Good grilling guide: Helping your tenants stay safe this summer

28 Jun 2019 03:17 PM

With the heatwave here, many people will be planning on having a barbecue this weekend. As a landlord the idea of your tenants firing up the grill in your garden may fill you with trepidation. But you don’t need to pour cold water on your tenants’ summer.

In this article first published in Residential Property Investor magazine, RLA insurance partner Rentguard looks at what you should do to protect your tenants and property.

While there is a small risk attached to barbecues if they are not properly tended and maintained, there’s no reason why your tenants can’t safely enjoy overcooked sausages in the sunshine without any sparks flying.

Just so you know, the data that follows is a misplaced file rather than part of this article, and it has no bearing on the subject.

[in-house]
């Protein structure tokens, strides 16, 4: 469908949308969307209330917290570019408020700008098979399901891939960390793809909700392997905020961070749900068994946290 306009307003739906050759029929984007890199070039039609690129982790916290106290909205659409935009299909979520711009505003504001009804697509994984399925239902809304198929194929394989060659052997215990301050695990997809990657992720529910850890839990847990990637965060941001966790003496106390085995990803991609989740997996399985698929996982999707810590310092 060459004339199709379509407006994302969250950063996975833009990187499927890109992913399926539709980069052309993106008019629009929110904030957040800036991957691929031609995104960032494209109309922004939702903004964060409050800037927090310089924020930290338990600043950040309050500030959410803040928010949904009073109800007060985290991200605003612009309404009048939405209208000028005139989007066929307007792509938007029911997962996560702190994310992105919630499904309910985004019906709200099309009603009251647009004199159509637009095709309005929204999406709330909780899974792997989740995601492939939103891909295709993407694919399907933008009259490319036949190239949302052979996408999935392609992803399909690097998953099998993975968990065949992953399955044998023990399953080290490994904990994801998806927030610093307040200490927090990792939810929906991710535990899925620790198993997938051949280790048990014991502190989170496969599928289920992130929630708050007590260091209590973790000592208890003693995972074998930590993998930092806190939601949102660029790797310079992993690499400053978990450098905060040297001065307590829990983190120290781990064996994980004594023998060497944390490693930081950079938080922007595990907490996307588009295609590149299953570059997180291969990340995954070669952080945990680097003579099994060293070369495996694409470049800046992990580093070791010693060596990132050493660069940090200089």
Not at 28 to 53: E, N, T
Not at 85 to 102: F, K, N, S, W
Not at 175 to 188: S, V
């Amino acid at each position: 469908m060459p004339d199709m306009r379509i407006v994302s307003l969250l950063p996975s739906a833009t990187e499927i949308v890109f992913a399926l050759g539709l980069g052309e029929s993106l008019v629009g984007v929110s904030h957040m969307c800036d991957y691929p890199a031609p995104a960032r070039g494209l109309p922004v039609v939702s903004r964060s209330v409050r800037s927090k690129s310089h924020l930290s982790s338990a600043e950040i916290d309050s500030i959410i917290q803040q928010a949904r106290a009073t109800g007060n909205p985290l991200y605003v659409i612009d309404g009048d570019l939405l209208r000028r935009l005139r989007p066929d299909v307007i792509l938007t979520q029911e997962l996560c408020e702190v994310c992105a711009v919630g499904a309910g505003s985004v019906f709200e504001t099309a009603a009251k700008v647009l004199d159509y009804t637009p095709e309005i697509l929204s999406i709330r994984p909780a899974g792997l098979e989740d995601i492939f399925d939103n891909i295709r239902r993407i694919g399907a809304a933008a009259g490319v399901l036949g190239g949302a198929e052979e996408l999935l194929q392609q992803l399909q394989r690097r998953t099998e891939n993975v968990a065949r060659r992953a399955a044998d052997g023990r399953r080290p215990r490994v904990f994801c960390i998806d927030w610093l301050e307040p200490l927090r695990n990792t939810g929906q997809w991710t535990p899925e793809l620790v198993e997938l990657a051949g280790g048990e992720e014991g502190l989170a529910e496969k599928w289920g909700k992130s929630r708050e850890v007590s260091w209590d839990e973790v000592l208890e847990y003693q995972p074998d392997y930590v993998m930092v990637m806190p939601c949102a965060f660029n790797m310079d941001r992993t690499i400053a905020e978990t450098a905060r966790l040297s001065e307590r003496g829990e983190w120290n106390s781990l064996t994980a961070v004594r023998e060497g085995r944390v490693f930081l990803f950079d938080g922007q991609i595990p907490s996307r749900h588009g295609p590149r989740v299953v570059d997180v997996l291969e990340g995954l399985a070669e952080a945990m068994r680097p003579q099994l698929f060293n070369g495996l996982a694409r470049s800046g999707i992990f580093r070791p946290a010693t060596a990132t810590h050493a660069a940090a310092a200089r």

Include a BBQ clause in your tenancy agreement. There’s no need to ban barbecues outright at your property, unless the lease specifies that they are not allowed, but it is important to formally establish some basic rules to avoid any ambiguity.

Pre-season once over

If you provide a barbecue with the property, you are obliged to check it is in good working order. This can be done during one of your regular inspections – just let the tenants know in advance. If the tenants have their own barbeque, flag up in your communications that they are obliged to take care of the maintenance and should ensure it is safe to use.

Write to your tenants

If you have not got a barbecue clause in your agreement yet, or you would like to raise the point separately, sending your tenants some basic rules outlining barbecue safety and highlighting anything in the tenancy agreement that relates to barbecuing at the property is helpful.

Here are a few tips to pass on to them:

Now kick back, add some sunshine and your tenants have got the perfect recipe for a great – and safe – barbecue.